I have searched around the web and gathered up some of my favorite “St. Patricks Day Crafts For Kids” to share with all of you.
If you missed my post on not quite feeling like and A+ mom – maybe you should head over there first. Whether you do one or none of these – you are still awesome! The real joy and contentment of motherhood comes from knowing that we alone are enough to our kids – no crafting required!
Still feeling crafty? Here are some of my St.Patricks Day Kids Crafts in no particular order;
Don’t feel like getting that messy? How about just a “Thumb Print”?
I simply love this little gem of a leprechaun from crafty morning …I think my kids are going to have a blast making this guy.
After teaching a mosaic arts class last semester – I have some big plans for these St. Patricks Day Mosaic Shamrocks from Happiness is Homemade… I’m thinking they will make the perfect bunting decor for our homeschool window.
If your feeling especially crafty this week here are some fun crafts to keep you and the kids busy during these remaining unpredictable days of winter. My personal favorite was the hand print rainbow. I have them all hanging on our front door and those precious little hands at the end of a long day just make me smile.
If the project involves paint it is pretty much guaranteed to be a home run in our house. I promise our lent crafts will not include so much mess. Just remember they are only little once and use washable paint.
This project has been a long standing favorite of my kids.
Supplies List; Green Paint A Pepper with the top cut off length wise and de-seeded. Large (I recommend heavier stock) paper A bowl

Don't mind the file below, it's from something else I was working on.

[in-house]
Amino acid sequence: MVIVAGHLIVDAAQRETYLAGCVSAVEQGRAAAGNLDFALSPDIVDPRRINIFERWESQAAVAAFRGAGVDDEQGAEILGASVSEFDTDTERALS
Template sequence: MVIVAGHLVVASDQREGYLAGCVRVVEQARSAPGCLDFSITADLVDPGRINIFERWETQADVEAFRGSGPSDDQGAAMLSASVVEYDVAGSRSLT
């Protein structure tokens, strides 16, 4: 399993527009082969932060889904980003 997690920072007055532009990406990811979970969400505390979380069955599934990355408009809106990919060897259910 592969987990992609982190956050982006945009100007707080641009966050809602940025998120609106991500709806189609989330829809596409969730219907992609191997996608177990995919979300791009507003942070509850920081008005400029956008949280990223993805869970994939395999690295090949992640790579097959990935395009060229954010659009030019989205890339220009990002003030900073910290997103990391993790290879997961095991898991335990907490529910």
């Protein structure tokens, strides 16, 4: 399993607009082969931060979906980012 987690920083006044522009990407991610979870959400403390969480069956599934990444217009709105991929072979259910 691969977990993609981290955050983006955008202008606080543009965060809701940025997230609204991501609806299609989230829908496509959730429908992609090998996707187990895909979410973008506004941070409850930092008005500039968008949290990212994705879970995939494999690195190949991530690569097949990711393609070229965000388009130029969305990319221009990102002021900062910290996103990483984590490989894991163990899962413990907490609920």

Simply squirt a desired amount of paint in the bowl. Give each child a pepper and paper and go to town. Even my 18mo old got in on all the action this year. He got a bit messy but it was all worth the smiles and giggles.
The fast approaching holidays often become somewhat of a stress since we have multiple children which suffer from various food sensitivities. It does require a certain level of planning in order to normalize life.
I often find myself in this massive web (so fitting since today is Halloween). A web of fibers spun out of fear. The tug and pull of each strand is a tug on my heart. I struggle with feelings of isolation, frustration, and anger. Why can’t things just be normal for my family?
Why can’t we just go to a family gathering and eat all of the traditional foods? Why must I pack my house to be in the company of others? Why can’t we just go to a restaurant as a family? I’m left with two choices; let the web engulf me or find resolve.
I begin to unravel; we spend an endless amount of time trying to be normal and trying to fit in. Normal is just that; where as uniqueness brings forth beauty. Instead of trying to fit our square family in the round world. I begin to think outside the box. I struggle with the feelings of loneliness; but, more so it is clearly selfishness. I am the one disappointed that once traditions are nothing but a past and I am the one spending endless hours in the kitchen in order to see that all of the traditional holiday experiences are safe for my children. I do this to eliminate the risk of cross contamination and potential use of wrong ingredients from well meaning hosts. My selfishness is directly driven from fear; a fear of a relapse but with good reason. Still unraveling… Although, my actions are fear driven and well intentioned. There are still options. I have the option to stay home and make new traditions with my family. I can still recreate the “traditional” meal in order to partake in an extended family/friend atmosphere. I live in a land that has more than enough. It is my job to see that what I am given becomes the beauty it was intended to be. I have been given a blank canvas to recreate, make a new, and spread good news. I am an artist. No, my friends I can not draw. I can however, cook, create, invent, inspire, and encourage others in similar situations to do the same.
If you find yourself in a similar slump of loneliness; think beyond the ordinary and create something new. That might mean creating new traditions, recreating meals, or being in the company of those in similar situations. Think outside the box and be the good new; life does not end with a diagnoses but rather creates an opportunity to be the gift to others, the gift of hope.